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Shakespeare in the Alley


the shows in the series

 

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brief summaries of each show below

(Click on the title or use the drop down atthe left to see an expanded description and some of the text from the show.)

Show One - Introduction

Show one introduces three questions the series will address: What kind of poet is Dylan? How can we deepen our appreciation of his work? How does his poetry work? The short answers will be developed in later shows. It focuses primarily on one song, "To Ramona," a simple song in appearance with deep philosophical implications about what the "radical solitude" in which each of us exist.

Show Two - THE THREE KINGS

This show continues the idea of "radical solitude" in "Just Like a Woman" and then turns to the question of interpreation, including a radio drama based on the liner notes to John Wesley Harding.

Show THREE: THE JOKER AND THE THIEFE

Using songs from all  five decades of Dylan’s career, this show demonstrates how Dylan alternates artistic masks.  He fluctuates back and forth  between a Classical mode of moderation and a Romantic mode of excess.  These two modes are symbolically expressed in  the joker and the thief from “All Along the Watchtower.” They reveal Dylan's alternation between Dionysian rebellion and Apollonian order.

SHOW FOUR -- THE BALLADS, PART I

This two part series of shows focuses on narrative songs, the form we call “ballads.” The first part looks at ballads on albums in ’63, ‘64,’ 65 and ’68.  The theme of America emerges in three of these ballads: “ Motorpsycho Nightmare,” “Bob Dylan’s 115th Dream,”  and “As I Went Out One Morning,” where America appears as the “fairest damsel that ever did walk in chains.”

Show five - THE ballads, part ii

Part two moves from analysis of short ballads on the John Wesley Harding album to a close reading of  two long ballads: “The Ballad of Frankie Lee and Judas Priest” and the much more powerful and mythic “Lily, Rosemary and the Jack of Hearts,” then closes with "A Simple Twist of Fate" which reverses the gender roles in the "Jack of Hearts."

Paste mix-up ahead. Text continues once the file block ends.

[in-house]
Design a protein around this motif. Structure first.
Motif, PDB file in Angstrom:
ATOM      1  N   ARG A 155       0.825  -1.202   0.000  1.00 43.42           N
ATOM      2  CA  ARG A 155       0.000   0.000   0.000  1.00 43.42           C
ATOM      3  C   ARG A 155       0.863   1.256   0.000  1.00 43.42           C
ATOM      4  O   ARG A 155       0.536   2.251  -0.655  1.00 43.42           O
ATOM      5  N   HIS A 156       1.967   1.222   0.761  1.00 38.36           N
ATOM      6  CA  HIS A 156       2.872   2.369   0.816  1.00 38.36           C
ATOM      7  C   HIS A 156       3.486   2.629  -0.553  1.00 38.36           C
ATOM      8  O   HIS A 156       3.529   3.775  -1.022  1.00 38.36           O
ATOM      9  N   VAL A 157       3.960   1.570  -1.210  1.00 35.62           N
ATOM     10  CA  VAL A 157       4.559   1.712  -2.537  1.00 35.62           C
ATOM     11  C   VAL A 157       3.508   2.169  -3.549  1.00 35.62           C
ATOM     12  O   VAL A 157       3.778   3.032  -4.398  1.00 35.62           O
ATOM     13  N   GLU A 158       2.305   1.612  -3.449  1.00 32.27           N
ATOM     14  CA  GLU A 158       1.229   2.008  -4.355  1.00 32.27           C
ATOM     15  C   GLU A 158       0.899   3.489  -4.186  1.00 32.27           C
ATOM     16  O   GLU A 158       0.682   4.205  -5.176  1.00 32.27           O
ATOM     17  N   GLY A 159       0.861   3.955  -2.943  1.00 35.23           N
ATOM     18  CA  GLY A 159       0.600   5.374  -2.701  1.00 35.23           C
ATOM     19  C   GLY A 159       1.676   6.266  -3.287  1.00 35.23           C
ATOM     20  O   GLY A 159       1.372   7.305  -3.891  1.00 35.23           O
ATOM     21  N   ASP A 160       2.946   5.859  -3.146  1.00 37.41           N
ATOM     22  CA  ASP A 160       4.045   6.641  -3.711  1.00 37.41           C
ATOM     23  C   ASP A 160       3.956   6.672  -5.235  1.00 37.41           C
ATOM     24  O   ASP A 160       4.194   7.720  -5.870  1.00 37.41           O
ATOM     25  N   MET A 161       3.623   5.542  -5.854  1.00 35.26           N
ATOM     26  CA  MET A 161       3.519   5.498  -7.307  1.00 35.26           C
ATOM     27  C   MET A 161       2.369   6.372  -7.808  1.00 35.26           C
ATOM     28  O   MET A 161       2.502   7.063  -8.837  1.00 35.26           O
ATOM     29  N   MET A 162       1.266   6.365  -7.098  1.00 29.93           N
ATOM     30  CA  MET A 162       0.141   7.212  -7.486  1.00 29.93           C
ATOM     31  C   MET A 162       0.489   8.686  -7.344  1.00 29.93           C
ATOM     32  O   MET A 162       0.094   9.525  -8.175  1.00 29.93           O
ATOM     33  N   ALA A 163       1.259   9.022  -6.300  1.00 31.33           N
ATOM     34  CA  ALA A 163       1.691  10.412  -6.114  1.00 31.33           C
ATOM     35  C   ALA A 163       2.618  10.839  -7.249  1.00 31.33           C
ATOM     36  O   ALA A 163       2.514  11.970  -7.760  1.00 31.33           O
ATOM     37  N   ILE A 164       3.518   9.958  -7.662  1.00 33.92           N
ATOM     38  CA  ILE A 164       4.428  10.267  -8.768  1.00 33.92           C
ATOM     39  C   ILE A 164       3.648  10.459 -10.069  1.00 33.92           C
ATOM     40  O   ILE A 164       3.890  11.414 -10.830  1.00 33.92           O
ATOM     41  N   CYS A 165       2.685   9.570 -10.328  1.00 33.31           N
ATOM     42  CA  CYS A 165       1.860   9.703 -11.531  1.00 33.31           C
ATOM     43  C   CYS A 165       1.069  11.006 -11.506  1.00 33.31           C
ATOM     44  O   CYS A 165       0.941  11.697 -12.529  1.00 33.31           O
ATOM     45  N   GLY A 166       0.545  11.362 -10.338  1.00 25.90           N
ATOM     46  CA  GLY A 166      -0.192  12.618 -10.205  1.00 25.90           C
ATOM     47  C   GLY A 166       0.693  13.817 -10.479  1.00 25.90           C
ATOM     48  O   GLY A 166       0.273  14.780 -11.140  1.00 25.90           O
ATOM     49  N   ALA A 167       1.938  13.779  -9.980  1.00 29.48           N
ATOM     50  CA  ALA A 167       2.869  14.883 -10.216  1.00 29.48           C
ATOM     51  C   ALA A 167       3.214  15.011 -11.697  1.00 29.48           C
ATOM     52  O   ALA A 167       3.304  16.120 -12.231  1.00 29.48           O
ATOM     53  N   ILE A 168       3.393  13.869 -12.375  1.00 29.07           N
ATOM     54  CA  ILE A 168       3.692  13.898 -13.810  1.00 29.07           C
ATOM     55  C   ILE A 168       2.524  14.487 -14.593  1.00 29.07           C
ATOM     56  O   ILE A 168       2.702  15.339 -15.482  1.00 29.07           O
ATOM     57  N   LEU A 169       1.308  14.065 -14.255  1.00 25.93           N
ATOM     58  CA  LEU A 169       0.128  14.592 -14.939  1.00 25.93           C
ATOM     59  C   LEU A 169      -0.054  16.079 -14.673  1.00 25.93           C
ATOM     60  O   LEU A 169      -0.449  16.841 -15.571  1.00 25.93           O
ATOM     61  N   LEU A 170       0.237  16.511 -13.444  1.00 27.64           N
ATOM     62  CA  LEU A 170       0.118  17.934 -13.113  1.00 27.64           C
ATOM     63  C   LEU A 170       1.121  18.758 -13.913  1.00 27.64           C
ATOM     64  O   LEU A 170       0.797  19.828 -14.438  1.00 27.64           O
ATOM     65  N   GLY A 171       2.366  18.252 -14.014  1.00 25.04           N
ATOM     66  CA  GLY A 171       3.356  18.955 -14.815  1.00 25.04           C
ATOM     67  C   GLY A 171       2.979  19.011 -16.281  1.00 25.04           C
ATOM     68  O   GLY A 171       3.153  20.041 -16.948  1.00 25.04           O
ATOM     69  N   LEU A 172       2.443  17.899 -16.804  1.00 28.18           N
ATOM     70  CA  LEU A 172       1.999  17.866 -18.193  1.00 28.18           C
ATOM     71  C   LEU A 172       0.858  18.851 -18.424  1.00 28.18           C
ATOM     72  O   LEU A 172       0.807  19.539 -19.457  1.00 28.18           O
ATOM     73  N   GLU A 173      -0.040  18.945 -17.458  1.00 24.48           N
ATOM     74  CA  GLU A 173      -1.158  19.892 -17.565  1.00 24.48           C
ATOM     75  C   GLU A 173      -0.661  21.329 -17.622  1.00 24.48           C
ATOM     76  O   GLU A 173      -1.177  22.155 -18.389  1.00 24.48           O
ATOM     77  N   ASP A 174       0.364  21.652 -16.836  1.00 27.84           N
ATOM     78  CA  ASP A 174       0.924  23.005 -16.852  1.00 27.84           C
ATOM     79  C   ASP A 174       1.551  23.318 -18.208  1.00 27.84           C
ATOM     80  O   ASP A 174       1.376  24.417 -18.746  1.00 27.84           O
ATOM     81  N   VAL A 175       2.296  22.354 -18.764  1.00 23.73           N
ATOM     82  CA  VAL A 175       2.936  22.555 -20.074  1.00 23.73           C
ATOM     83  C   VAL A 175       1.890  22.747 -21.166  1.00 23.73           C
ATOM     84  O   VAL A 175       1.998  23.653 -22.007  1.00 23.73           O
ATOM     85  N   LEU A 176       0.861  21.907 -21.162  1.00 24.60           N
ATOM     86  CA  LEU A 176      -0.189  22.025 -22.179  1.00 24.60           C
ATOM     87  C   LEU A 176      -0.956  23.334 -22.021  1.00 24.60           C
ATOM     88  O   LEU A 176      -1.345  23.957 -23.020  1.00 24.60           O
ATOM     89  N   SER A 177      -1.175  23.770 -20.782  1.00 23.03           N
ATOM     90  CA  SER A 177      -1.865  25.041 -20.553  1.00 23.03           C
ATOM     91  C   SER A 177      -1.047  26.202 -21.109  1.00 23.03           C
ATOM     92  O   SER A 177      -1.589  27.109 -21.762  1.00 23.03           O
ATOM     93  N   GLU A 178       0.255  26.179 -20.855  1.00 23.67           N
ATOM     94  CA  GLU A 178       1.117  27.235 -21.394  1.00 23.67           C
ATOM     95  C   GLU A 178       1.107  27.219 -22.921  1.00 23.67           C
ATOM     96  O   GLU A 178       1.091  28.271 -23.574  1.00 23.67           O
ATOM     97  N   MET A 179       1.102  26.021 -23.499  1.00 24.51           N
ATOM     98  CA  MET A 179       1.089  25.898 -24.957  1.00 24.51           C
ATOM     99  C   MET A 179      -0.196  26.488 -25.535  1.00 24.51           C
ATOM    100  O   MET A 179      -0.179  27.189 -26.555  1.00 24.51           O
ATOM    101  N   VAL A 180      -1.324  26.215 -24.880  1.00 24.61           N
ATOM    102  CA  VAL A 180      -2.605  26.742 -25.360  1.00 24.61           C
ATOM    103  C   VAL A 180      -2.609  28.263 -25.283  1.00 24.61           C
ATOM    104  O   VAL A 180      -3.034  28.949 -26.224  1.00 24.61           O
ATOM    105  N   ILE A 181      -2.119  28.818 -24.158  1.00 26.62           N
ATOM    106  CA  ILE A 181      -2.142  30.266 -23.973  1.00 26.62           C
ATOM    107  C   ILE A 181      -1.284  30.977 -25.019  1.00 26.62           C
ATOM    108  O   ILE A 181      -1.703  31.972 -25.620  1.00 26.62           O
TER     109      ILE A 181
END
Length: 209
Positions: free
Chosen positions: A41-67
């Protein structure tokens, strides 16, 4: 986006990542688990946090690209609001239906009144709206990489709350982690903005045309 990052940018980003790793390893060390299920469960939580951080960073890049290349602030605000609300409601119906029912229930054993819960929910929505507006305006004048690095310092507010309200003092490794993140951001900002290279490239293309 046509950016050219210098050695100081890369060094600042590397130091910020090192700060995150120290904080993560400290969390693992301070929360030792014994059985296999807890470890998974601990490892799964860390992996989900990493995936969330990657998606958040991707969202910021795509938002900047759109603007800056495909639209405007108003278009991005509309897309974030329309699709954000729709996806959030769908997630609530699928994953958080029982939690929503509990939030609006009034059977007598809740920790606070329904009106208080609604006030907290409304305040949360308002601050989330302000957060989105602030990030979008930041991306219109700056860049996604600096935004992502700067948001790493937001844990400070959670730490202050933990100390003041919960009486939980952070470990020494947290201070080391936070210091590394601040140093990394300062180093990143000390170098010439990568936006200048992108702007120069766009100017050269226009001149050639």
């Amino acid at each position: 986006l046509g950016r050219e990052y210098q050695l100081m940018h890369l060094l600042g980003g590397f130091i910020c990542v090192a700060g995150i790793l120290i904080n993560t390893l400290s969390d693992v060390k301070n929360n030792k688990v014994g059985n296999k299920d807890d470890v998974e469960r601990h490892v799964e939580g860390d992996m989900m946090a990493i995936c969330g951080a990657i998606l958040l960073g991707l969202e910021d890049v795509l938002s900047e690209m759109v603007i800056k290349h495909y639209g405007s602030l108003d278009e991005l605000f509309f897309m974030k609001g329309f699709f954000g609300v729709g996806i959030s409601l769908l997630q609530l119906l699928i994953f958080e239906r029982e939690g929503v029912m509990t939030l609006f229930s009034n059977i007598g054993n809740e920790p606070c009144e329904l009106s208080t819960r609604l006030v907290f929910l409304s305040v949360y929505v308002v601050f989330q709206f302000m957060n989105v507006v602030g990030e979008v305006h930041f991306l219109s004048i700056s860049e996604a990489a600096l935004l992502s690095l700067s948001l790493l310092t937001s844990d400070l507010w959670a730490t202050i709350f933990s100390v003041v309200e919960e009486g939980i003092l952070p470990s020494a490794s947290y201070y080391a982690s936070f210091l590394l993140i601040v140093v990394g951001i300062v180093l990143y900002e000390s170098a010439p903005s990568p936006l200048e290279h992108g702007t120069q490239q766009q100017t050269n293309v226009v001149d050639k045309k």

SHOW SIX -- THE LOVE SONGS, PART I

This two part series begins by demonstrating Dylan’s rejection of Tin Pan Alley and of "protest" songs. This leads to a focus on his love songs.  Some are really love song, some explore the artist/audience relationship, some are about spiritual love.  This show closes with an analysis of “I Want You” as critique of popular love song tradition, with the Beatles portrayed in the final verse as “your dancing child with his Chinese suit.”

Show SEVEN - THE LOVE SONGS, PART II-

Part II focuses on a single song, “Visions of Johanna,” one of Dylan’s richest and most complex songs about human longing for the eternal.  The real vs. the ideal is explored as Dylan declares, “Inside the museum infinity goes up on trial.”  This is perhaps Dylan’s finest song in the Romantic mid-sixties period, where "little boy lost" longs for the ideal.

show eight -- myths

Dylan debunks the false myths of “true love” in “Love Sick”  and  American righteousness in "With God on Our Side,” seeking those true myths which lead to salvation and seeks to promote true myths which help us find our place in the eternal rather than the immediate.

Show NINE -- QUENTIESSENCE

Following up on the myths in show eight, this show explores other songs which convey Dylan’s quest for the eternal rather than the temporal. It builds not only on show eight but also show seven in about “Visions of Johanna,” moving on to “Mr. Tambourine Man,” “Quinn the Eskimo,” "When I Paint My Masterpiece," et al.

Show TEN -- THE JOHN WESLEY HARDING ALBUM

This show focuses entirely on one album,  moving through the album analyzing each song as a step in the progression from the outlaw figure of John Wesley Harding to the totally moderate family man who says, “I’ll Be Your Baby Tonight.”  This show builds on show three where the  joker/thief dichotomy is introduced as well as the ballad show which covers several songs on the album.

show ELEVEN-- THE ART/ARTIST/AUDIENCE RELATIONSHIP

Following up earlier references to the theme of art’s relationship to artist and audience, this show compares  romantic/classical modes, folk vs. fine art, popular vs. high culture as seen in such songs as “She Belongs to Me” and “Visions of Johanna” and  “When I Paint My Masterpiece.”

SHOW TWELVE: DYLAN AND THE TRADITIONS

This concluding show explores Dylan’s relationship to three traditions: modern poetry, popular song, traditional song.  I argue that he is indebted to all three but at the same time tries to overcome the limitations which each impose on the artist. My conclusion:  he takes the best, leaves the rest.

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